Crawdaddy

Poll: 29 percent of Mississippians would back a new confederacy

Crawdaddy
Crawdaddy



One question among the many asked by Public Policy Polling last weekend in Mississippi says a lot about others' perceptions of the state.

“If there were another Civil War today, would  you side with the Confederate States of America or the United States of America?” the pollsters from Raleigh, N.C., asked 691 Mississippians via automated phone calls.

The answer: 50 percent U.S., 29 percent CSA and 21 percent not sure.

Among men, the gap closes to 40 percent U.S., 39 percent CSA. Women favor the U.S. 58-20 percent.

 

Only 2 percent of African-Americans would join the CSA.

 

By political party, 82 percent of Democrats would back the U.S. and 41 percent of Republicans would; 37 percent of Republicans would back the CSA compared to 9 percent of Democrats.

Among the candidates in the bitter GOP race for U.S. Senate, 61 percent of Thad Cochran supporters back the U.S. while 22 percent back the CSA.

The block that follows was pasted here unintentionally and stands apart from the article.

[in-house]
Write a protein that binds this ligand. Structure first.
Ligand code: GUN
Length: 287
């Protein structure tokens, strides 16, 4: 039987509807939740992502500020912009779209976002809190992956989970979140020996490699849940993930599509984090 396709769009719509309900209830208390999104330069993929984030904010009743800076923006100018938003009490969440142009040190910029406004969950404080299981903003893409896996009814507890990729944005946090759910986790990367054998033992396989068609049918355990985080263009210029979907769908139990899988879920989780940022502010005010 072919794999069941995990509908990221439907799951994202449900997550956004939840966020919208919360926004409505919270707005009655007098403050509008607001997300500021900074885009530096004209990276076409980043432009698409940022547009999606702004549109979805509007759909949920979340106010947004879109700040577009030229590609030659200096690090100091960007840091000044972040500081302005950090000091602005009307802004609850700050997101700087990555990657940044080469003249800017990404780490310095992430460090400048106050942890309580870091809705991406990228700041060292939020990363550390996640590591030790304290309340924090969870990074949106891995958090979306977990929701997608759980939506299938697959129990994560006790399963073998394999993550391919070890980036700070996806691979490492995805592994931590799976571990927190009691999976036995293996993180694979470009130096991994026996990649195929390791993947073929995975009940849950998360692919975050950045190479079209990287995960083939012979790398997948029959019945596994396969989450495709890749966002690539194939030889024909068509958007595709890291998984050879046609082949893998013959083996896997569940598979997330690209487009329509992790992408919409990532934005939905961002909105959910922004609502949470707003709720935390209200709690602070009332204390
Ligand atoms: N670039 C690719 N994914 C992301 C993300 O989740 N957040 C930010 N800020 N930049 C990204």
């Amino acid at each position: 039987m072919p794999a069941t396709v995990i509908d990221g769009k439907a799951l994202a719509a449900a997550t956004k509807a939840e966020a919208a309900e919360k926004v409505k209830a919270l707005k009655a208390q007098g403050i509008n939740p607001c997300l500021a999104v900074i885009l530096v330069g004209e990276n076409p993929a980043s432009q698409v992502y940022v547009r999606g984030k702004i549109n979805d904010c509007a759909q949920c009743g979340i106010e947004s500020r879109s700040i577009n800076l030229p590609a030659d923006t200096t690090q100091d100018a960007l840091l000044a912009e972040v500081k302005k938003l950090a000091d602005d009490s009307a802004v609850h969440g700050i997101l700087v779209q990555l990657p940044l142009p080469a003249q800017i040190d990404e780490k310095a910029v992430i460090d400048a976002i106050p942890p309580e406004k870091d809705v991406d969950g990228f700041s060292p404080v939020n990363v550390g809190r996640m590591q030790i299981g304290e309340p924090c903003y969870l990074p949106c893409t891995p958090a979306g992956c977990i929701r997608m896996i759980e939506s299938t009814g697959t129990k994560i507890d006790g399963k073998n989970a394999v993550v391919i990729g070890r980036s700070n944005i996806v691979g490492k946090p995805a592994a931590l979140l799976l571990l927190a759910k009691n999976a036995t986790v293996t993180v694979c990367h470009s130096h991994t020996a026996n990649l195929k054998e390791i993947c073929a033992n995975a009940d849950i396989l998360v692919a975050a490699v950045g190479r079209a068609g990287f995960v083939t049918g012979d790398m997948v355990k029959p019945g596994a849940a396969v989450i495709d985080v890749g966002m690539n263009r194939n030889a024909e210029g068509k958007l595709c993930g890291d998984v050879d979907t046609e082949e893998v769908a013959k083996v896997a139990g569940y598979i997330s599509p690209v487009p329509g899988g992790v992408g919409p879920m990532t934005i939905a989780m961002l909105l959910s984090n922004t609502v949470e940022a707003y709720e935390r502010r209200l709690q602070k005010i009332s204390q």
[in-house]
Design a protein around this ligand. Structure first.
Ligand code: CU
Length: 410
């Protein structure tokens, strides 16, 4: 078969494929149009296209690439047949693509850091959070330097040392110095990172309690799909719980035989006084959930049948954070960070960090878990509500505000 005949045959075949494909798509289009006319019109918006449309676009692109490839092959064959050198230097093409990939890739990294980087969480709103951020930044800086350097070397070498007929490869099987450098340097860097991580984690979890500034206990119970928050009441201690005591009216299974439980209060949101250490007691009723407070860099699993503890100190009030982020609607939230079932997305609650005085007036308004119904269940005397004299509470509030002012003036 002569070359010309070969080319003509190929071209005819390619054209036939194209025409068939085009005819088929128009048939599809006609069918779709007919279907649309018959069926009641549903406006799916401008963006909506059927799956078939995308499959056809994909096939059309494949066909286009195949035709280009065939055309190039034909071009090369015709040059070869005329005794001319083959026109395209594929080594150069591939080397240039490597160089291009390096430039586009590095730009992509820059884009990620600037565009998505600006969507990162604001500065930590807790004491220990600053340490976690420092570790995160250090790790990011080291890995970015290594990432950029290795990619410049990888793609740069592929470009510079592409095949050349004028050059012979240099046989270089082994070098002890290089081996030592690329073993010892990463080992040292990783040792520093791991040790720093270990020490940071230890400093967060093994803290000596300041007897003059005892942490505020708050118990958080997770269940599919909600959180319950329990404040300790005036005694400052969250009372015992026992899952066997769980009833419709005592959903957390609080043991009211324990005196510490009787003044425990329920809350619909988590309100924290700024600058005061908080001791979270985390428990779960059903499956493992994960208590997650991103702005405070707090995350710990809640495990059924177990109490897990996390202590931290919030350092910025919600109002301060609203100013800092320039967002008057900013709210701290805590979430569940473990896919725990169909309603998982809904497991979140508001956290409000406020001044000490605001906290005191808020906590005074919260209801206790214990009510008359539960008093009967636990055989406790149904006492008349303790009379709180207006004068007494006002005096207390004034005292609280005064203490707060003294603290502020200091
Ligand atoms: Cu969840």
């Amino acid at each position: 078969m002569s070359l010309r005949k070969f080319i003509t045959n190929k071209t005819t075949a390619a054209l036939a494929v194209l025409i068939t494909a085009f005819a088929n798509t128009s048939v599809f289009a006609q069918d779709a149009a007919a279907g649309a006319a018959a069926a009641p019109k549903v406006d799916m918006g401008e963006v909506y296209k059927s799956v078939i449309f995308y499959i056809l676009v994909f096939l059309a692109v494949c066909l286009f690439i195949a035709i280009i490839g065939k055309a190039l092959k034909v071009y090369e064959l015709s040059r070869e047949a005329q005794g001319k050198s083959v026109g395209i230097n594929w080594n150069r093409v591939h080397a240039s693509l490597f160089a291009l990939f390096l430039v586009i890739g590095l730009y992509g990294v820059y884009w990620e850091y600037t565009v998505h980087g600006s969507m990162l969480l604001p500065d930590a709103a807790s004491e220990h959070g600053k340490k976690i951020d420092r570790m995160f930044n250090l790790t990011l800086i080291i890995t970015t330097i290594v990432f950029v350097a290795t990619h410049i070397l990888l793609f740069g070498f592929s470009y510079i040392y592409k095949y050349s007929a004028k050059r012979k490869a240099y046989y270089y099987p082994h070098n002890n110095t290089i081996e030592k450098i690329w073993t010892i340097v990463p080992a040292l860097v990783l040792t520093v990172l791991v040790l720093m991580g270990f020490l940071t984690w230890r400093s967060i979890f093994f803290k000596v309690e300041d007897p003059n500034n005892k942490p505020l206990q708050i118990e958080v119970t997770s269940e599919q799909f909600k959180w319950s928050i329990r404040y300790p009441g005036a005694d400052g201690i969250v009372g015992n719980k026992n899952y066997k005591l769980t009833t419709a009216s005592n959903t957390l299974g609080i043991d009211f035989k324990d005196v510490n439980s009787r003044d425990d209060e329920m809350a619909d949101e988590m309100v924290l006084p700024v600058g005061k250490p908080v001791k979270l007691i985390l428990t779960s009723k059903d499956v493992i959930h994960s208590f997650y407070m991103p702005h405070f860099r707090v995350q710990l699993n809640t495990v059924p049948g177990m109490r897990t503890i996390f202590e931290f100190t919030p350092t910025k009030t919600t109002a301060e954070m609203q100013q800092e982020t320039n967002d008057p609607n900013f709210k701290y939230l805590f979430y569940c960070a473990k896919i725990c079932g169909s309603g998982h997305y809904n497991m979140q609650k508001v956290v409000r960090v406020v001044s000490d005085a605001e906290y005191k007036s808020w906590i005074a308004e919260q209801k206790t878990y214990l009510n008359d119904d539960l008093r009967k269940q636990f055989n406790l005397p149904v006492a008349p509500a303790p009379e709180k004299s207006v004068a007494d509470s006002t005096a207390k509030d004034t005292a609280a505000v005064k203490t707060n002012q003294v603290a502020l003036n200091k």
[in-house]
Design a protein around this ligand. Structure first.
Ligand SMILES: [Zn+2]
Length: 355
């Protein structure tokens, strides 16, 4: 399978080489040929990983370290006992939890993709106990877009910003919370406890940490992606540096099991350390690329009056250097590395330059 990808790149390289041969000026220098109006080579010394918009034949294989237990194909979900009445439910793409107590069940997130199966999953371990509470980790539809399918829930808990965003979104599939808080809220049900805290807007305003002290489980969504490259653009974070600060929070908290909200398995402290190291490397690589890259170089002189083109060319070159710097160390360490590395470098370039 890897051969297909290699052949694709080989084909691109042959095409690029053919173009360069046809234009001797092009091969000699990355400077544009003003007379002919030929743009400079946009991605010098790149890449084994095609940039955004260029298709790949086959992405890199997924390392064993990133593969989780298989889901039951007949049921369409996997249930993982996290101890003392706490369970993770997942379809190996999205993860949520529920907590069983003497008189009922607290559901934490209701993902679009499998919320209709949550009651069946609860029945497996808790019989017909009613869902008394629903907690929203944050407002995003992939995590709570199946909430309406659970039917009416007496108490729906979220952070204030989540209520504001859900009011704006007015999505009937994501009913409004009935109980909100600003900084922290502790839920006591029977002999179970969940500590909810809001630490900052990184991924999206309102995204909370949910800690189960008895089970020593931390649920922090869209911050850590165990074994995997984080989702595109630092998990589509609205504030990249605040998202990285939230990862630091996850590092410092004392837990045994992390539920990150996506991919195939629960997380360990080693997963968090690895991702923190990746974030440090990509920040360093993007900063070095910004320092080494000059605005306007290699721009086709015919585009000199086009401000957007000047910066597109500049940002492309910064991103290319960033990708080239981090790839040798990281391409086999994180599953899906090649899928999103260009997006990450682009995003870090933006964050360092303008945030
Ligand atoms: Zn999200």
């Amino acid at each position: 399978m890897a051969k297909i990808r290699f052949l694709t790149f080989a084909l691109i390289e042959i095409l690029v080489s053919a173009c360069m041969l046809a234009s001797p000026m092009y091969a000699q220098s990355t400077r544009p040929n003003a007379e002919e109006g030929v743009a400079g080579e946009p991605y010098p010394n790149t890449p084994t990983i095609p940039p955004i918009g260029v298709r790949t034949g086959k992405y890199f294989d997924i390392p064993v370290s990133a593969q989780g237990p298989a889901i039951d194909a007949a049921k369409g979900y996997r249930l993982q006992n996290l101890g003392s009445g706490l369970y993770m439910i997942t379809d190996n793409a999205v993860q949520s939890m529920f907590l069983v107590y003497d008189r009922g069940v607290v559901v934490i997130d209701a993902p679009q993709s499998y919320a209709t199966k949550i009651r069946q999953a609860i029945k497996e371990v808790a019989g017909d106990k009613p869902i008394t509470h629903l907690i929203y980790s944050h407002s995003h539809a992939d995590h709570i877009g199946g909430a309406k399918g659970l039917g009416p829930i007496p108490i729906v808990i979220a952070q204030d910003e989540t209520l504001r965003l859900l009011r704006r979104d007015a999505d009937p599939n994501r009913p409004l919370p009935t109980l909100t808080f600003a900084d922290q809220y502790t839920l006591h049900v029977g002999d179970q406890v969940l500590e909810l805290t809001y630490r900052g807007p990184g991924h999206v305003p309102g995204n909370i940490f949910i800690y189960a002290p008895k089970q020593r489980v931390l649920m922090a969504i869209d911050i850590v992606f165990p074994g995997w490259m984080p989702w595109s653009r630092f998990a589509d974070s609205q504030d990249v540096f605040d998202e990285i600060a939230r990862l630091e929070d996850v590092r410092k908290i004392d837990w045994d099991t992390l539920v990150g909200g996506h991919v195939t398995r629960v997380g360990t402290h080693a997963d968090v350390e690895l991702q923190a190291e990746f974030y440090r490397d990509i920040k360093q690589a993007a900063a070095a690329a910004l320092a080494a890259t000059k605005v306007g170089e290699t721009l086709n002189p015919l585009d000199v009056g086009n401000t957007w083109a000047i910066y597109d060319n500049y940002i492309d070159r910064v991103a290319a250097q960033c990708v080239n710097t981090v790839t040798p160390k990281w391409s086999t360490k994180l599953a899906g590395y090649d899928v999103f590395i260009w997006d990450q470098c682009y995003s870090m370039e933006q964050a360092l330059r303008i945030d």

Among McDaniel’s supporters, 38 percent back the U.S. and 37 percent back the CSA.

I know there is some anti-federal government sentiment out there, but I was surprised it was this strong. But, even more than that, I was surprised that question even has relevance in this day and age. I hadn't seen a poll where that was asked -- ever.

So I emailed the pollsters and asked them if it was their idea or someone else's. (They openly solicit poll questions on their website).

This is Tom Jensen of Public Policy Polling's answer:

"We asked it because of McDaniel's neoconfederate ties to get a sense of how broad that sentiment is within his support base."

You could say this answers another question, one not asked in the poll: Do you think the U.S. Senate race has tarnished the state's image?

When contact about the poll, McDaniel campaign spokesman Noel Fritsch replied, "Scraping bottom, huh?"  

Mother Jones reported in October that McDaniels had spoken to the Jones County chapter of the Sons of Confederate veterans, a report his campaign disputed, saying he was at the American Legislative Exchange Council at the time of the August meeting. But it did not dispute that he had spoken to the group earlier in 2013 .

In June, Fox News reported the McDaniel campaign returned an $800 donation to Carl Ford, who it described as a Mississippi secessionist who was part of the defense team representing a Klansman convicted in 1998 of murdering a 1960s civil rights leader during the fight to desegregate the state. 

 

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